A well planted and irrigated retaining wall not only offers structural safety, but also looks good. As noted above, a good irrigation system that functions according to the needs of the retaining wall requires numerous steps to ensure that the plant life survives and continues to flourish throughout the years. Yes, it has to look good, but never forget that it has a functional role to play. Together both these aspects need to be intertwined with each other and serve each other’s needs.
Let’s look at the Oasis Retirement Village near Cape Town, which is an excellent example of the tips above. It may go back several years – 2005 in fact – but it shows what a successful irrigation system can achieve and the number of years it can be successfully maintained. But what remains important with this project is the action steps taken, the irrigation approach, and why key decisions were made with regards to the systems used.
Specific to the project, Terraforce L12 blocks were installed by Decorton Retaining, a Cape based, Terraforce recommended wall contractor. Planning Partnership, well-known landscape architects, specified three meandering terraces which were later used by the landscaping team from Real Landscapes to create instant hanging gardens with mostly water-wise indigenous planting.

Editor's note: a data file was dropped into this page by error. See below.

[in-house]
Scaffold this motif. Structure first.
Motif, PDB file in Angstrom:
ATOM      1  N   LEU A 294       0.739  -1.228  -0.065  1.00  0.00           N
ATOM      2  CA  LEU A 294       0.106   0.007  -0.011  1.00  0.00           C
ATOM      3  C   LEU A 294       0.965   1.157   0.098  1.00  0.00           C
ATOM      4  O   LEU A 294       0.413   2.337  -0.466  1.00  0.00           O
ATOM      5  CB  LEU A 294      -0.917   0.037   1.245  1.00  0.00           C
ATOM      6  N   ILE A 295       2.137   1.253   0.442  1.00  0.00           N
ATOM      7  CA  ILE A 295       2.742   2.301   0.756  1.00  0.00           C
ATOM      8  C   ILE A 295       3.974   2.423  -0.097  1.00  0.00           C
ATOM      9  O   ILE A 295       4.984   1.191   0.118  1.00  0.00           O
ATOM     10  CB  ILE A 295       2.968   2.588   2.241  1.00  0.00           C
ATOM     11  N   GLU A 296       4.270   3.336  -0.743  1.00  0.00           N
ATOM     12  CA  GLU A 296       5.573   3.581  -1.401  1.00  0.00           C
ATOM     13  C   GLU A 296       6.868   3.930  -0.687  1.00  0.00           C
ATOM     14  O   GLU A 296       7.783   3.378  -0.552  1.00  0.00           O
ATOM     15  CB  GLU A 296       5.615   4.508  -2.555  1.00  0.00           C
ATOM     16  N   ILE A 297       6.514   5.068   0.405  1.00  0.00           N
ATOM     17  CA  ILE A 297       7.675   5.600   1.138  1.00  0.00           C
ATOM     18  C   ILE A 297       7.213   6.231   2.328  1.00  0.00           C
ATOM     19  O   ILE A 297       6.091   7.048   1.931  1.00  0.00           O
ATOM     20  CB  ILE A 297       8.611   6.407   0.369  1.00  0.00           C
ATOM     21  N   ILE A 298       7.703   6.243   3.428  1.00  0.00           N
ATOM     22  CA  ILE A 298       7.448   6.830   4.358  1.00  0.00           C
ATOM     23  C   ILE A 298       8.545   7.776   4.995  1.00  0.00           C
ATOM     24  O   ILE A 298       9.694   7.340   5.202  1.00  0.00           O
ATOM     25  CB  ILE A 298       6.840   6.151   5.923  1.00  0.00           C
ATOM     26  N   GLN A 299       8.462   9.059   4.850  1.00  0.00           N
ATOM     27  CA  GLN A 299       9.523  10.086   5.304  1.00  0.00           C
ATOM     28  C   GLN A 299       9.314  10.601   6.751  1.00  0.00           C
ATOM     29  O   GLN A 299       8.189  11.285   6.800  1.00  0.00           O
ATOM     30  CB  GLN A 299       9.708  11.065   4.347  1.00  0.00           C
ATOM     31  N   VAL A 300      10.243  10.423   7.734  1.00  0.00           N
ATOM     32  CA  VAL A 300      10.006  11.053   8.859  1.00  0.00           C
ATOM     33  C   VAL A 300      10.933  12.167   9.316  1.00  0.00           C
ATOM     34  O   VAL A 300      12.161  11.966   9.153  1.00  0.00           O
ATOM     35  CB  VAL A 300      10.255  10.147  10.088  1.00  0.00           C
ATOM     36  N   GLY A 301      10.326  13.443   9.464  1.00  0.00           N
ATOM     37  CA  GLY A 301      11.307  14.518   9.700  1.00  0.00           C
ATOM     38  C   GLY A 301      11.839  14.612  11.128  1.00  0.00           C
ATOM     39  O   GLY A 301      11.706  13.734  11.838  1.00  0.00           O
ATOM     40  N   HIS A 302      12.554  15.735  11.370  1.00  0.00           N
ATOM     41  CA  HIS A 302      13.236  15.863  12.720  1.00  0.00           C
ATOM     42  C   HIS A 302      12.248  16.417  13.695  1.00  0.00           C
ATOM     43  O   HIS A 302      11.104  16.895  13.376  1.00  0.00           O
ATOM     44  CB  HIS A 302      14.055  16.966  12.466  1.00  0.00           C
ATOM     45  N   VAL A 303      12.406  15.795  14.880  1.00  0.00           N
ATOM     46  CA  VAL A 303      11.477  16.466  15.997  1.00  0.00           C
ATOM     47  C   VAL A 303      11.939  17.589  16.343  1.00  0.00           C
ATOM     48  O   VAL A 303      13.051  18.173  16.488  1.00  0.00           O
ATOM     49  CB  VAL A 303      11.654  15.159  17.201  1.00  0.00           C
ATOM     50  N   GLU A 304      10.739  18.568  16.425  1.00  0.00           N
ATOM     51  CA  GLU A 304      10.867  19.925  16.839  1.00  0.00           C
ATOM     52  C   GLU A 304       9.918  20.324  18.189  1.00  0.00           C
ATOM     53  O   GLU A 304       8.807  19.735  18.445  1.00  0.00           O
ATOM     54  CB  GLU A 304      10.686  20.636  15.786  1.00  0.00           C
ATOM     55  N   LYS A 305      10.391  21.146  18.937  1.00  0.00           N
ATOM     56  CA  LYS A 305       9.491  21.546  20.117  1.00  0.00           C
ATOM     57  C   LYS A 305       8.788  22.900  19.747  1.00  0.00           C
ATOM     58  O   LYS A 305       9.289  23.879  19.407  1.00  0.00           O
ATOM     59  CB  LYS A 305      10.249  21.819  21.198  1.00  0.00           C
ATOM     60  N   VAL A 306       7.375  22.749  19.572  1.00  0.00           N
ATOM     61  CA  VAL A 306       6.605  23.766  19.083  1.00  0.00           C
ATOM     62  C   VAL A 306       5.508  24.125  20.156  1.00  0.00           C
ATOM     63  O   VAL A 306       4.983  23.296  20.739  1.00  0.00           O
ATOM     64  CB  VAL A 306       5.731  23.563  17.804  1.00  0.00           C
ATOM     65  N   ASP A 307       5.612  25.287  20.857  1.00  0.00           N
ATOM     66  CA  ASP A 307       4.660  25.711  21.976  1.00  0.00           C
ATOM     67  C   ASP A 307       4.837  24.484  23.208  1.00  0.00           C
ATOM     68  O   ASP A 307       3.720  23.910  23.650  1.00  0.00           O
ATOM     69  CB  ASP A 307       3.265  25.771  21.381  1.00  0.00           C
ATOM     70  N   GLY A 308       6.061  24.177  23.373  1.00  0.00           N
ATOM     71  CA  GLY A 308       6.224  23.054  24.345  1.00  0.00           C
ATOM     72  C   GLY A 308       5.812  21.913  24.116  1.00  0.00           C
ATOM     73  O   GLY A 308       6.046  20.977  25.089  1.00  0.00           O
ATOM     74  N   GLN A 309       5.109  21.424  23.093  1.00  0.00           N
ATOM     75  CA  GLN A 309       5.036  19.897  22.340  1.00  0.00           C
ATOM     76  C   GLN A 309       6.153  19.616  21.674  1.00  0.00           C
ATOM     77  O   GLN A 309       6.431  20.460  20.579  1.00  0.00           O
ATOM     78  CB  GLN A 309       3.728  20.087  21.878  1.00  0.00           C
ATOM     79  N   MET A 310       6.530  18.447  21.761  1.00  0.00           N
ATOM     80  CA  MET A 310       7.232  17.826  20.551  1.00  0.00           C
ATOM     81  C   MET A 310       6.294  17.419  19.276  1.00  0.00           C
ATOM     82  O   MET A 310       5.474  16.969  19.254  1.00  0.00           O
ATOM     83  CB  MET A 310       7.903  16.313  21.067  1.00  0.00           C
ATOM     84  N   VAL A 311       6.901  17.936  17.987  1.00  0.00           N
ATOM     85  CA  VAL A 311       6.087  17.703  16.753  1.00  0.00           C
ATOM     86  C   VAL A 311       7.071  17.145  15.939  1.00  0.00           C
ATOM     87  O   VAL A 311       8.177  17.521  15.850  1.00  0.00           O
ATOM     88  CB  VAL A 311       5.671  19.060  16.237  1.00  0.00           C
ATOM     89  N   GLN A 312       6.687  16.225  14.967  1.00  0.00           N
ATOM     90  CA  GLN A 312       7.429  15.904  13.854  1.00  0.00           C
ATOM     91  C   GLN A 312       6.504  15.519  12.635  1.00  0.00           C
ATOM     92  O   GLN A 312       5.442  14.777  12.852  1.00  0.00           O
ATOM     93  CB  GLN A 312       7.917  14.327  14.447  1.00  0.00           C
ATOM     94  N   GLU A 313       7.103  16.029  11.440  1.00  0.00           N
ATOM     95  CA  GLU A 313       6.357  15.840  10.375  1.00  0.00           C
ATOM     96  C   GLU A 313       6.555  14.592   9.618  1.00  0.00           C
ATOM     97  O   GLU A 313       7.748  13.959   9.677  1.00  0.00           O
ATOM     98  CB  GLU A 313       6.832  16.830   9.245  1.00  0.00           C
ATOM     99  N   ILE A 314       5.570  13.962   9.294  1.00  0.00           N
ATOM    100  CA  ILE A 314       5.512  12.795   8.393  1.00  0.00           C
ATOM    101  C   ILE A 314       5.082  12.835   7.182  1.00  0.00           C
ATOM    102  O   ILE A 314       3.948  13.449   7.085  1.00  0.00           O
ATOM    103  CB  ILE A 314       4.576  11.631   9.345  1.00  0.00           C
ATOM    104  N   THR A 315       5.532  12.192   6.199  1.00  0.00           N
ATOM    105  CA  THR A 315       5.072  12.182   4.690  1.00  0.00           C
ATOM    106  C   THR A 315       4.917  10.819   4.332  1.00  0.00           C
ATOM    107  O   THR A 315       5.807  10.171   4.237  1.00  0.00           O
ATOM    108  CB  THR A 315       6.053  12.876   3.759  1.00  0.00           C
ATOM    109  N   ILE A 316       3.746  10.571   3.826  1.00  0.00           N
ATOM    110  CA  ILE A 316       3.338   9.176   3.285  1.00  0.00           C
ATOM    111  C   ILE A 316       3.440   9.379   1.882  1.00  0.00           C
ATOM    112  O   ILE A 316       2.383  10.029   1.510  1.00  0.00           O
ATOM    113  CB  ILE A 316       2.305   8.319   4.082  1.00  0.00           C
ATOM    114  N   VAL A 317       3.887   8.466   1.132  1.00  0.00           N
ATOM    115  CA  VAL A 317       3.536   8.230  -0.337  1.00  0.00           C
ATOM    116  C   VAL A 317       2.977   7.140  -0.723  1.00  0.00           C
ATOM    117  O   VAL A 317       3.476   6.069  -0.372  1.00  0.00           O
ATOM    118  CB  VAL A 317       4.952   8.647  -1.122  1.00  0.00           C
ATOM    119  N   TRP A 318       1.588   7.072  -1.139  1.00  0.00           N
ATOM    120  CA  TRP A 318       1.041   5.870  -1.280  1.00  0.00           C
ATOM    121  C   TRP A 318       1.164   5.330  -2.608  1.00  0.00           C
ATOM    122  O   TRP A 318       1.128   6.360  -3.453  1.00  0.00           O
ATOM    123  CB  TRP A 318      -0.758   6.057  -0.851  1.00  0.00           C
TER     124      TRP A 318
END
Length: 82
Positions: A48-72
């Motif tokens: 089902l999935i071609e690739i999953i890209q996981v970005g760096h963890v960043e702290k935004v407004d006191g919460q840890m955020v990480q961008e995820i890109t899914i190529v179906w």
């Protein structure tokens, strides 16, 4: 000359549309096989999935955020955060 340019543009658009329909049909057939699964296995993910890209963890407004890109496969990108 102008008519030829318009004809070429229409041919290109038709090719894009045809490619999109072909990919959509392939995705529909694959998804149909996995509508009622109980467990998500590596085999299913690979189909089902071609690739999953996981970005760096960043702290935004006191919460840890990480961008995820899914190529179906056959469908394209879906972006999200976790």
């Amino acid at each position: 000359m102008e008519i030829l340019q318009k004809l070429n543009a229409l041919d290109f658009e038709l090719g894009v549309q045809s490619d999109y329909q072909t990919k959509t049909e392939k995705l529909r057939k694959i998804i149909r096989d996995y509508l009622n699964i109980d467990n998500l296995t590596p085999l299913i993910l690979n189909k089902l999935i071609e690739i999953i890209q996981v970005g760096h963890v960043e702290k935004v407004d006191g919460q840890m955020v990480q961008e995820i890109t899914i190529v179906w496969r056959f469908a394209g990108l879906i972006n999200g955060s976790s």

Considerations when implementing a successful irrigation system
This project won the Concrete Manufacturers Association (CMA) Premier Award for retaining block walls, the Cathay Pigments Trophy. The judges were impressed with the lush vegetation softening the overall visual impact of the wall.
After several years, one major extension was implemented in the form of a double-sided, near-vertical noise barrier.
There is considerable growth of the established indigenous vegetation. The wall is well overgrown and the plants look healthy. Cape Irrigation Systems feels that this is largely due to a good irrigation system that was implemented at the end of 2005. The complete irrigation system was installed in three phases, following the construction programme:
1. The health care centre.
2. The screening berm along Ratanga Road.
3. Fully automated irrigation was installed on all three levels of the retaining wall to ensure sufficient coverage of all areas.
What to consider during the design stage (specific to this project)
1. Prevailing winds, road traffic adjacent to the berm.